Anything is possible when everything is lost. Her artworks, performances, videos, and photographs reveal an Afghanistan's other realities. She seeks to capture life in this country, and how the people carry the wounds of the fighting.
Curator Isabel Carlos
Born in Kabul and currently residing in Los Angeles, Lida Abdul is an Afghan artist who has created a unique body of work that systematically refers to the context of the war in Afghanistan. Her artworks, performances, videos, and photographs reveal this country's other realities. The images that we so often see of Afghanistan through the media are of war and soldiers. On the contrary, Lida Abdul seeks to capture life in this country, and how the people carry the wounds of the fighting, how human beings confront a terrible event without the necessary tools to comprehend what is happening.
Lida Abdul does not deliberately aim to depict pathos. No pain, no suffering—in her view, they would only establish an emotional link between the spectator and the work. She goes beyond the representation of hardship and chooses to focus on "unreal" actions: a young boy stares at the sky in a house that no longer has a roof, children pull a ruin with ropes. Indeed ruins tend to be a constant in the artist's work. Ruins in the literal sense, such as destroyed buildings, but also in the poetic sense.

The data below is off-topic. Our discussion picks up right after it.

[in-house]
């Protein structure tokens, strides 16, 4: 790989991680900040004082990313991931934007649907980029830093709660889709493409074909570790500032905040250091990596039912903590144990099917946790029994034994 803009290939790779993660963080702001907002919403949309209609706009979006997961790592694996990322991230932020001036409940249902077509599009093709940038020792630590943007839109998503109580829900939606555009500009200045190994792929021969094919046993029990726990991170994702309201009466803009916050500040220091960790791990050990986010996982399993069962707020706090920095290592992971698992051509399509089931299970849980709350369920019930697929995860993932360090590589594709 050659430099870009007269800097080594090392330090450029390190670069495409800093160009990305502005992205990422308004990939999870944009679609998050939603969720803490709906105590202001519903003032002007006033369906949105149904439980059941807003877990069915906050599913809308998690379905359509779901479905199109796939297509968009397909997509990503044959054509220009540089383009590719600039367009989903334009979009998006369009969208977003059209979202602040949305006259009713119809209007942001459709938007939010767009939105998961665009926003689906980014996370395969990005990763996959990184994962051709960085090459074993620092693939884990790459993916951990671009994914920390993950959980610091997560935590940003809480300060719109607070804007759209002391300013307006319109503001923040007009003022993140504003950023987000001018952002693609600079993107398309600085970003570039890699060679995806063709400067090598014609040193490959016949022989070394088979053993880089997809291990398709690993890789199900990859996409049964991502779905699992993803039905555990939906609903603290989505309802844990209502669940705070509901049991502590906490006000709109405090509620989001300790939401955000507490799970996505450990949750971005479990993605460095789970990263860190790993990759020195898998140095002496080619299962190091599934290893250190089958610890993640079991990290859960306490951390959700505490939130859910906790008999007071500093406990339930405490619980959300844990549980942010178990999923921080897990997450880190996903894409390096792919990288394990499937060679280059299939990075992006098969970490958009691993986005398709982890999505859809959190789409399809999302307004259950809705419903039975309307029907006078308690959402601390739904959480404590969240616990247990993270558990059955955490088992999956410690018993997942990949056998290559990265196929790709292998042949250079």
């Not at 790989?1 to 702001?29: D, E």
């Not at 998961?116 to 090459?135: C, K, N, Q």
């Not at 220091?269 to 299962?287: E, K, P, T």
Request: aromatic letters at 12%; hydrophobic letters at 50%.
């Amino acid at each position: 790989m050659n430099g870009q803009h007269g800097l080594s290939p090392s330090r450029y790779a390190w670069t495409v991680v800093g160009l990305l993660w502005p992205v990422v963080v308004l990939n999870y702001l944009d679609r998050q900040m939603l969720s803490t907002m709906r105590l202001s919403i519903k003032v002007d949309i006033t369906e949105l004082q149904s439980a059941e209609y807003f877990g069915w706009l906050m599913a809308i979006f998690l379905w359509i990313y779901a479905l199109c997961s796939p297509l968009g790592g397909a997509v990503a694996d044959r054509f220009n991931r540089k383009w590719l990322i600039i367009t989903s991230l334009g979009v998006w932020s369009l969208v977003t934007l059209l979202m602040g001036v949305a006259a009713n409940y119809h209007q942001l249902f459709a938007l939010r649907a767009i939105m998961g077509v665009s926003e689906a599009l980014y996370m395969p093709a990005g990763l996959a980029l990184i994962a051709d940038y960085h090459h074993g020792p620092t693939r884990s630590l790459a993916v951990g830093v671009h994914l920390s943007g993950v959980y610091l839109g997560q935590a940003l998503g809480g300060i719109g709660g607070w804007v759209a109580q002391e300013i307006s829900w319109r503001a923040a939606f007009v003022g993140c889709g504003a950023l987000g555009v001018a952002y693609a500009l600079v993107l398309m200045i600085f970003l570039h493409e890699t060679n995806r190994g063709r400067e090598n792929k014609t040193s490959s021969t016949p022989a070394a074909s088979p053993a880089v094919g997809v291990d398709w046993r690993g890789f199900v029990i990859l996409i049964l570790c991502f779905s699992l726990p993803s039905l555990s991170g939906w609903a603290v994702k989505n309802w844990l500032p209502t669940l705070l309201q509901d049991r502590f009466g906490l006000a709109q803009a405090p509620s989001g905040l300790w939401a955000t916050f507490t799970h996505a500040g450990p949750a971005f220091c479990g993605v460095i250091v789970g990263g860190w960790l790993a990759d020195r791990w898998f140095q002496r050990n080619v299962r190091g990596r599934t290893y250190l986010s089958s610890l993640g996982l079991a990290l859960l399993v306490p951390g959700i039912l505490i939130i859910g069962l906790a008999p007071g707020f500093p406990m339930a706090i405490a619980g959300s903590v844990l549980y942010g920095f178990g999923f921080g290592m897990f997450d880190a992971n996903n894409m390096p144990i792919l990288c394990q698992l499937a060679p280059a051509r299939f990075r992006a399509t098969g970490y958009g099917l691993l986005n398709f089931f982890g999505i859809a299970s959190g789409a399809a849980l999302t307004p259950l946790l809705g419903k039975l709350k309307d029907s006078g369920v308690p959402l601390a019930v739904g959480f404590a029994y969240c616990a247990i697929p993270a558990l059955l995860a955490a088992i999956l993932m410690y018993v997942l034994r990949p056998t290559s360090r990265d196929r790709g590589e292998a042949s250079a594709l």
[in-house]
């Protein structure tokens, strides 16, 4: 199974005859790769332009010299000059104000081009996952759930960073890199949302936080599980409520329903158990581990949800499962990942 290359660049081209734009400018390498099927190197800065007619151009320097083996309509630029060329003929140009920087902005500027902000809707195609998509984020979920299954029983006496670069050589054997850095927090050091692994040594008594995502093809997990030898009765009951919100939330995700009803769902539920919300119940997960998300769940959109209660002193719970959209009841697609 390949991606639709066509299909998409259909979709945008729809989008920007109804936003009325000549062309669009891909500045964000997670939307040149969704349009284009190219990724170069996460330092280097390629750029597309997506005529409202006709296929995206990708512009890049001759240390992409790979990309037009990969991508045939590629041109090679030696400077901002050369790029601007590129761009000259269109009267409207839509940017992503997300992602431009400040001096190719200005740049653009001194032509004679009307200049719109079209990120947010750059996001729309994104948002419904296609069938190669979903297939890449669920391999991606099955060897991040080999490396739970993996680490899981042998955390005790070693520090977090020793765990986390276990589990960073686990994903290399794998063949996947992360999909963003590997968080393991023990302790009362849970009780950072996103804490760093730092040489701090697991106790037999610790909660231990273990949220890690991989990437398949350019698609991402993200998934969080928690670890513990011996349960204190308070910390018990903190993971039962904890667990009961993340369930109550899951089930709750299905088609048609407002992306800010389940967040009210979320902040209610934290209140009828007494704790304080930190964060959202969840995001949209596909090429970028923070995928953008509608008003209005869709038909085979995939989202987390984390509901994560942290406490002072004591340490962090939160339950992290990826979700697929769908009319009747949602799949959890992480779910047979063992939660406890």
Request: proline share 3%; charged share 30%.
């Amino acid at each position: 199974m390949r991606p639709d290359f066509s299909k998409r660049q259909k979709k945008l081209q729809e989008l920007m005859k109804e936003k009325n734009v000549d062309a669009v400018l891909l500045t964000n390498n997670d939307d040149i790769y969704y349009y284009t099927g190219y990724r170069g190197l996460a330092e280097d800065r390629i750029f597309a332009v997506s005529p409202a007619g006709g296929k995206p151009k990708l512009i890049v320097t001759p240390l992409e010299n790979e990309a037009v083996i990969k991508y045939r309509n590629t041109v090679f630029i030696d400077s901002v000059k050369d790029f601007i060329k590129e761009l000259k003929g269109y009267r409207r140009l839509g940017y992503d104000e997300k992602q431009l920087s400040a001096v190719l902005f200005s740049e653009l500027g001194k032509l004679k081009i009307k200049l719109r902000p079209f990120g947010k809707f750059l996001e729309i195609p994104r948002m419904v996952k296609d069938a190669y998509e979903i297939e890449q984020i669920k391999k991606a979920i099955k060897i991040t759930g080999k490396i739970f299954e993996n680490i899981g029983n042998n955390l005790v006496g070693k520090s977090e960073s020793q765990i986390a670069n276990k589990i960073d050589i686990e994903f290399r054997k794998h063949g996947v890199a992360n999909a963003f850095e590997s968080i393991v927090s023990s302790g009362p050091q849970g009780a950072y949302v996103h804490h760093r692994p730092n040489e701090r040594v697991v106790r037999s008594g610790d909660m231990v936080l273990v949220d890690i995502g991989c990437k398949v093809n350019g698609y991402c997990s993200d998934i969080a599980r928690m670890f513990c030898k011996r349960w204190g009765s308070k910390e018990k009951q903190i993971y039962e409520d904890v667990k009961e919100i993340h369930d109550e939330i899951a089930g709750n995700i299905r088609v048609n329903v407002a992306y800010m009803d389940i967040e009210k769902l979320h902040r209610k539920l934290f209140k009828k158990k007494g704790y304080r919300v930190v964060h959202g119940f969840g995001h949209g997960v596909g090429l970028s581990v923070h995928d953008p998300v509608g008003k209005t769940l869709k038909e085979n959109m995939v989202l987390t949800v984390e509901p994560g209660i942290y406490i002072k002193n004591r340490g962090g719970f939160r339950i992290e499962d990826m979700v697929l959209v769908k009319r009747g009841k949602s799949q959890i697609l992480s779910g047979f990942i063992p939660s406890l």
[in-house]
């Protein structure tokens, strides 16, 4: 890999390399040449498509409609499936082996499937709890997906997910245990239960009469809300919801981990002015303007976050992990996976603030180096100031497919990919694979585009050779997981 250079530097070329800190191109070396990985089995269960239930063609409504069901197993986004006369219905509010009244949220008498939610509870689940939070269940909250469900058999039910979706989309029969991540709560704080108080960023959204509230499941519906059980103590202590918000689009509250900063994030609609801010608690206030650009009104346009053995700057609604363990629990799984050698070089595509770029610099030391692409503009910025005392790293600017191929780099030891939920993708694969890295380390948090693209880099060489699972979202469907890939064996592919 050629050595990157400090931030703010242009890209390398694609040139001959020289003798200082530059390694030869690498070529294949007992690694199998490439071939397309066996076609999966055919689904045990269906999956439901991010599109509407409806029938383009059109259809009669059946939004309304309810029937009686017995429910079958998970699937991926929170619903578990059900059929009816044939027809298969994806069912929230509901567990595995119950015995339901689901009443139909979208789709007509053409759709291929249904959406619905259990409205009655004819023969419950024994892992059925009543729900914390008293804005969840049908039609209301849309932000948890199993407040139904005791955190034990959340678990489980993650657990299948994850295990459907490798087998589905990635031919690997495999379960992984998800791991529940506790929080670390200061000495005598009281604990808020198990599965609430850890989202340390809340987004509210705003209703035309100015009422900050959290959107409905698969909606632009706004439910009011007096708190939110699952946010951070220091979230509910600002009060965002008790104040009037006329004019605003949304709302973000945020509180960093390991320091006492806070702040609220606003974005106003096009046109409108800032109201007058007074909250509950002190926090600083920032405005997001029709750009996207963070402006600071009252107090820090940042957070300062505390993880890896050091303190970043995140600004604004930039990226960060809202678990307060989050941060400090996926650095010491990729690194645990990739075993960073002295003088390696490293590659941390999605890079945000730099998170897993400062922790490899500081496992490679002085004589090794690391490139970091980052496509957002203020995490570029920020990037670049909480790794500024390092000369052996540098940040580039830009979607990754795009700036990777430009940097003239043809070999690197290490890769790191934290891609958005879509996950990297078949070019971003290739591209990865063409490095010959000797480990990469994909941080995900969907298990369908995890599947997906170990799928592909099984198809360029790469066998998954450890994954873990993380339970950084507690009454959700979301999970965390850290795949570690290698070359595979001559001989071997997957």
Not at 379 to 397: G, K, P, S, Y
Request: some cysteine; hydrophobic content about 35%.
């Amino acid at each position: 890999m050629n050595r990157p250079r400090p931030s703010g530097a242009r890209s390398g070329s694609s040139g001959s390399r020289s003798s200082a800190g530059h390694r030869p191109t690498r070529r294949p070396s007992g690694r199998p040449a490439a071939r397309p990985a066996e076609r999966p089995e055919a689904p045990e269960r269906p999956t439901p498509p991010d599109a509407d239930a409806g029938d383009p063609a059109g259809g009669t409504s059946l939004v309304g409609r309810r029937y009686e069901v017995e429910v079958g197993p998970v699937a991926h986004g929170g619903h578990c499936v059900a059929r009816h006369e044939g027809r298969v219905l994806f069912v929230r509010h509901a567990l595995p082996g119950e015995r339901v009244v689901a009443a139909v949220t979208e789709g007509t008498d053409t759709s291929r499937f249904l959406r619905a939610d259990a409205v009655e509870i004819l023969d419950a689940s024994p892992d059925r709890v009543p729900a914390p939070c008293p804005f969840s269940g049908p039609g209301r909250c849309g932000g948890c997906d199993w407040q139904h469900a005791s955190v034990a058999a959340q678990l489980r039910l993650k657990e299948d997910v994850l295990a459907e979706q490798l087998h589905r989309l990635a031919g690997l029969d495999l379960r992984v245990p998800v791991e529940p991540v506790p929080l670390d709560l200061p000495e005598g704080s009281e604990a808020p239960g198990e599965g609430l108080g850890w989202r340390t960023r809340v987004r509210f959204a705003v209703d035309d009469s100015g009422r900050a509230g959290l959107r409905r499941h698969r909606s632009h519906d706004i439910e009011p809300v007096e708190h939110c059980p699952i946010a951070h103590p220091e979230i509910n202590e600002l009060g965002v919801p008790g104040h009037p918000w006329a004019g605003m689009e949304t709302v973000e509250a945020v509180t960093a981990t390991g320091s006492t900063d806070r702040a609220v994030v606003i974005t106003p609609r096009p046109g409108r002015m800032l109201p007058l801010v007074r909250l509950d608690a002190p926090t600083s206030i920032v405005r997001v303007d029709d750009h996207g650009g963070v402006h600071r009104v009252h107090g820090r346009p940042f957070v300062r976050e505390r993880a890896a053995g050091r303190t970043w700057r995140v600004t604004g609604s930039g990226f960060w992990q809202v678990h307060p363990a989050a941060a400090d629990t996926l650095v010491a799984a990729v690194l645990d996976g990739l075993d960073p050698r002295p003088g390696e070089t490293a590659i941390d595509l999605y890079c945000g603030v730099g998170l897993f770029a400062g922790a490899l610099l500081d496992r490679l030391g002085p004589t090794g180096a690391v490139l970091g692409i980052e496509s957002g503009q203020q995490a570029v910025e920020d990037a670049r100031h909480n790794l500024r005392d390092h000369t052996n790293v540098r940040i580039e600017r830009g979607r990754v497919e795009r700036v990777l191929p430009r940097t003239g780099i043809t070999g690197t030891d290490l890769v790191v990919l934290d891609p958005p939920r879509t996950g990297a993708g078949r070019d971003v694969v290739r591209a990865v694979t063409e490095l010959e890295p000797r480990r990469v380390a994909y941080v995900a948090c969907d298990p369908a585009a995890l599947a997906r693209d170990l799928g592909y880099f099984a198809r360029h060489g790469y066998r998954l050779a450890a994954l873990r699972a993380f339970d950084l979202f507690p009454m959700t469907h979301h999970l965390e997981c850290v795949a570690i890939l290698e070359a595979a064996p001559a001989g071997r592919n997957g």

Lida Abdul films or photographs her performances: these images become the relics of something that used to be important but no longer is. Rather like the destroyed buildings she likes to represent. Far from being simple objects of contemplation, these relics demand action: they need to be moved, to be painted. One can observe in Lida Abdul's work her fascination for documenting, in her own words, "that which remains, that which creates in the individual's mind a before and an after."
In partnership with the Modern Art Centre of the Calouste Gulbenkian Foundation in Lisbon
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